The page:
Practical Issues > Things to do > Religion and Animals 

The First Hamburger
A guilt-ridden carnivore makes the spiritual case for vegetarianism

Marc Gellman

April 20, 2006

Reflecting on the Earth Day to come and on the lamb-besotted Easter and brisket-baked Passover that has passed, and still being emotionally tender from the death of my dog, I need to confess my steak-loving sins. Sins because there is simply no spiritual defense in either the Western or Eastern religious traditions for eating meat. The reason is not that meat is murder as some of my vegan friends claim. To say that is to also say that there is no moral distinction between cannibalism and dinner at The Palm. Eating animals may be right or wrong, but it is not wrong for the same reasons it is wrong to eat people. This is morally absurd and trivializes what is on its face an already daunting problem. The problem is that animals, though obviously not people, are also obviously not things. Animals are sentient beings and their deaths, particularly in the grotesquery of what is euphemistically called food processing causes them great pain and suffering. That is the nub of the spiritual problem. Animals are God's creations that, unlike plants, suffer when they die just to become food for us.

I have long believed that the Torah was not just given by God, but given by God on different levels simultaneously. There is a low Torah and a high Torah in the same Holy Writ. For example, the high Torah teaches us that there should be no war, "Nation shall not lift up sword against nation neither shall they learn war anymore." (Micah 4:3). The low Torah, on the other hand, teaches that if you must make war, you must allow besieged people to go free, never cut down your enemy's fruit trees, and treat captives of war with respect. (Deuteronomy 20:19-20 and also Maimonides "Laws of Kings 6:8). The same is true for eating meat. As Rav Kook, the first chief rabbi of the State of Israel taught, in Genesis 1:29 God clearly limits the diet of the first people to fruits and vegetables. Only after ten generations of corruption from Adam to Noah, at the end of the flood God offers a low Torah carnivorous concession to Noah and his descendants, "Every living thing that moves shall now also be yours for food." (Genesis 9:3) However, God quickly adds the limitation of not eating meat with its blood in it (v.4) and the caution that there will be a reckoning for all blood we shed (v.5). The end result is a clear though subtle spiritual message that we can eat meat if we must, but we should work toward the high Torah goal of not wanting to.

Gandhi wrote that "There is no transcendence without renunciation." This means to me that we, natural or habitual or meat-imprinted-from-childhood, carnivores should constantly try to overcome our baser instincts and rise to the level where we eat as low down on the sentience food chain as we can. It just makes sense to cause the least suffering possible to get through lunch or dinner.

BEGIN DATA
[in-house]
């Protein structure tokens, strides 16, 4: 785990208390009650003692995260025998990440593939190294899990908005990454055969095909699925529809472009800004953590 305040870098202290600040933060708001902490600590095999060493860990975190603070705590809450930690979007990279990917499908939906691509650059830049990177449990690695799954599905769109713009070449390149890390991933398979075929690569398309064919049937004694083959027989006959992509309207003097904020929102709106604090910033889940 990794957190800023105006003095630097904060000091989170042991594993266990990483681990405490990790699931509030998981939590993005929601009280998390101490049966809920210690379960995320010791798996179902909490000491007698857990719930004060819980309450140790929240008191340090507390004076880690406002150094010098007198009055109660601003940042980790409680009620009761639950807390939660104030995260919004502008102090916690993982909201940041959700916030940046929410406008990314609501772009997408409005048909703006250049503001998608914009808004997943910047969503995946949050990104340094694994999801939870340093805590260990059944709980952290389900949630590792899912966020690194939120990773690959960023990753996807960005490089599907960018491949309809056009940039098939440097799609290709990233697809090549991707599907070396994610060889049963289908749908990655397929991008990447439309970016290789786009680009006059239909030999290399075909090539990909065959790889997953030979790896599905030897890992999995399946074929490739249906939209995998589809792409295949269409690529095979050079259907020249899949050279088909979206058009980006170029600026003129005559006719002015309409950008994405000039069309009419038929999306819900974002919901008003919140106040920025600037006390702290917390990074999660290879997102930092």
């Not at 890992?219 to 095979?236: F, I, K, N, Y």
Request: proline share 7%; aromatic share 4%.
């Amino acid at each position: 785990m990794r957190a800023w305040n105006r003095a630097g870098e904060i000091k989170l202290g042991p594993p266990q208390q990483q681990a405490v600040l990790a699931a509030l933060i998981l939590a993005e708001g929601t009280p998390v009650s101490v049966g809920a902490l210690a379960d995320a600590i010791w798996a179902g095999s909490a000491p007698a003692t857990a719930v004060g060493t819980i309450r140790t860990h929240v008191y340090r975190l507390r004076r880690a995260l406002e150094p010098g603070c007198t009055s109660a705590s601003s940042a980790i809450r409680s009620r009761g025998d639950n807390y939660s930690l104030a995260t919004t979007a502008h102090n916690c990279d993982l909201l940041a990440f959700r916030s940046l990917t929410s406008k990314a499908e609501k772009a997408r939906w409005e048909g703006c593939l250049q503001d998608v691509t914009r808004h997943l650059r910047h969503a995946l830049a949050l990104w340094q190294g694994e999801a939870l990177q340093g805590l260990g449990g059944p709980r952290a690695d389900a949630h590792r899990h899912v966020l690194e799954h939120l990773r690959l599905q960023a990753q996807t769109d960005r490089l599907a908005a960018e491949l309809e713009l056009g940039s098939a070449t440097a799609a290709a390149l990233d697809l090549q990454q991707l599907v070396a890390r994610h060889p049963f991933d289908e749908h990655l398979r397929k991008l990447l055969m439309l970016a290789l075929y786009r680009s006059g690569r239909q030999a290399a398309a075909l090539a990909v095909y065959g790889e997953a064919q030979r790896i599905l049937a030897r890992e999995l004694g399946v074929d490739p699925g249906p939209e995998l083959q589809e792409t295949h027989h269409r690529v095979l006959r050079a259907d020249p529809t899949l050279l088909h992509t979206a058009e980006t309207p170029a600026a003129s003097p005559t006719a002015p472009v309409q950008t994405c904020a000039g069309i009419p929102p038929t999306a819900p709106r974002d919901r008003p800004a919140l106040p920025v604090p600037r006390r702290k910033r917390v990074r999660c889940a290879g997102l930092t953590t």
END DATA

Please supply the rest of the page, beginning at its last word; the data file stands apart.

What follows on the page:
As for me, I consider my love of meat a morally corrosive habit. I went eight years once as a vegetarian, but I ended up chiefly a dessert-atarian. I know however, that God is not finished with me, and I keep trying to love lettuce, humbled in the knowledge that when I die and am judged, a long line of chickens and cows will be clucking and mooing when I pass, "That's the man!! He's the guy who ate me!" Hey, if you want a teacher who knows what is true, stick with me. If you want a perfect teacher you'd better go somewhere else…I have burgers on the grill.

The first children's story about the Bible I ever wrote is a tribute to Rav Kook, and all the vegetarians living the high Torah in a broken world. And it goes something like this…

The First Hamburger
Once animals talked just like people. Once every living creature ate only grass and nuts and a few berries when they could find them. No living thing ever thought about killing another living thing to eat it, until the day Noah wanted a hamburger.

One night Noah dreamed of a hamburger, and when he woke up, he wanted one really badly. But Noah wasn't exactly sure how to get a hamburger, so he asked his friend the cow, "I dreamed about a hamburger last night. Do you know where I can get one?"

The cow gave Noah a puzzled look and asked, "What's a hamburger?"

"I don't know exactly," Noah replied. "All I know is that in my dream the hamburger was something delicious between two buns with lettuce, onions, pickles and some special sauce."

"Have some more grass and forget about it," said the cow.

Noah asked the snake, who was the smartest of all the animals, "What's a hamburger and how can I get one?"

The snake whispered in Noah's ear, "To get one you have to make one."

"I don't know how to make one." Noah sputtered.

The snake laughed, pointed at the cow who was peacefully munching some grass, and said to Noah, "To make a hamburger, you have to kill that cow, chop up her meat, and fry it in a pan--or flame broil it!"

Noah's mouth opened wide, "But...but...the cow is my friend! She is a living thing just like me! I can't kill her, chop up her meat and fry it in a pan! And what is flame broiling anyway?"

By now the snake was rolling around on the ground laughing, "Kid, if you want a hamburger, that's what you gotta do."

Well...Noah really wanted a hamburger and so that's what he really did! The first hamburger tasted delicious. But when Noah came again to the fields everything was different. When he walked towards the birds, they flew away. When Noah went over to say hello to the cows and the sheep and the buffalo, they ran away from him. Even the fish swam away when they heard Noah coming.

Noah could not understand what had happened to his friends the animals, and he could not find one single animal that would explain it to him. In fact, since the day Noah ate the first hamburger, no animal has ever talked to a person. They are still too angry.